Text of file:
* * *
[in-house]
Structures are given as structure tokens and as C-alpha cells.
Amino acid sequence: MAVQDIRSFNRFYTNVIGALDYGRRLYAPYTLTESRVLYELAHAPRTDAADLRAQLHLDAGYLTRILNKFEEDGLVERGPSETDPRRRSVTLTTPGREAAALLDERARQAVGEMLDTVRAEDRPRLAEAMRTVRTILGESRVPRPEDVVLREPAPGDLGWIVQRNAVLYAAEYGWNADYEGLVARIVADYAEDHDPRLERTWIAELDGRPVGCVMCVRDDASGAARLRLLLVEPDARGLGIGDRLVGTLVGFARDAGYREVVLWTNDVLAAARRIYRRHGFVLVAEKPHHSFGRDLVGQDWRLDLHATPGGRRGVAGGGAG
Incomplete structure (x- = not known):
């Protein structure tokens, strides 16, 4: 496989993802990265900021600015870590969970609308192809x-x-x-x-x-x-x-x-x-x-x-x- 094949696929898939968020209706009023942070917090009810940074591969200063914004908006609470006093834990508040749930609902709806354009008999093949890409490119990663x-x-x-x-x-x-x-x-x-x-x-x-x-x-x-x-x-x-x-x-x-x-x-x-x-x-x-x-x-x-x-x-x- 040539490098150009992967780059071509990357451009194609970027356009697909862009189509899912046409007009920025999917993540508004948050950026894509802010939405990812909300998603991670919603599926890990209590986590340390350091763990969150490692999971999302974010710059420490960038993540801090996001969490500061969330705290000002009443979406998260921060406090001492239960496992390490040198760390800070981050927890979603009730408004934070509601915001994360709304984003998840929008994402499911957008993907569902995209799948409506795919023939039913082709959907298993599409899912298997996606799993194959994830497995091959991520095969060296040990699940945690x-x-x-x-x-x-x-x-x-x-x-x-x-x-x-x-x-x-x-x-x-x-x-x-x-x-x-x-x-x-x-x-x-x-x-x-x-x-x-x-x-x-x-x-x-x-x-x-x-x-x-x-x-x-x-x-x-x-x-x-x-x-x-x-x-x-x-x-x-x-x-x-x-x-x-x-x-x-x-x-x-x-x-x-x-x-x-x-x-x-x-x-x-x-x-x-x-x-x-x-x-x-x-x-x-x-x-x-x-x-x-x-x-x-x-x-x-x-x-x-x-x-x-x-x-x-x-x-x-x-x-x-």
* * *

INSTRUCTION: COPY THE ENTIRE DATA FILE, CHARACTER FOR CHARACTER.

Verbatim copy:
[in-house]
Structures are given as structure tokens and as C-alpha cells.
Amino acid sequence: MAVQDIRSFNRFYTNVIGALDYGRRLYAPYTLTESRVLYELAHAPRTDAADLRAQLHLDAGYLTRILNKFEEDGLVERGPSETDPRRRSVTLTTPGREAAALLDERARQAVGEMLDTVRAEDRPRLAEAMRTVRTILGESRVPRPEDVVLREPAPGDLGWIVQRNAVLYAAEYGWNADYEGLVARIVADYAEDHDPRLERTWIAELDGRPVGCVMCVRDDASGAARLRLLLVEPDARGLGIGDRLVGTLVGFARDAGYREVVLWTNDVLAAARRIYRRHGFVLVAEKPHHSFGRDLVGQDWRLDLHATPGGRRGVAGGGAG
Incomplete structure (x- = not known):
């Protein structure tokens, strides 16, 4: 496989993802990265900021600015870590969970609308192809x-x-x-x-x-x-x-x-x-x-x-x- 094949696929898939968020209706009023942070917090009810940074591969200063914004908006609470006093834990508040749930609902709806354009008999093949890409490119990663x-x-x-x-x-x-x-x-x-x-x-x-x-x-x-x-x-x-x-x-x-x-x-x-x-x-x-x-x-x-x-x-x- 040539490098150009992967780059071509990357451009194609970027356009697909862009189509899912046409007009920025999917993540508004948050950026894509802010939405990812909300998603991670919603599926890990209590986590340390350091763990969150490692999971999302974010710059420490960038993540801090996001969490500061969330705290000002009443979406998260921060406090001492239960496992390490040198760390800070981050927890979603009730408004934070509601915001994360709304984003998840929008994402499911957008993907569902995209799948409506795919023939039913082709959907298993599409899912298997996606799993194959994830497995091959991520095969060296040990699940945690x-x-x-x-x-x-x-x-x-x-x-x-x-x-x-x-x-x-x-x-x-x-x-x-x-x-x-x-x-x-x-x-x-x-x-x-x-x-x-x-x-x-x-x-x-x-x-x-x-x-x-x-x-x-x-x-x-x-x-x-x-x-x-x-x-x-x-x-x-x-x-x-x-x-x-x-x-x-x-x-x-x-x-x-x-x-x-x-x-x-x-x-x-x-x-x-x-x-x-x-x-x-x-x-x-x-x-x-x-x-x-x-x-x-x-x-x-x-x-x-x-x-x-x-x-x-x-x-x-x-x-x-």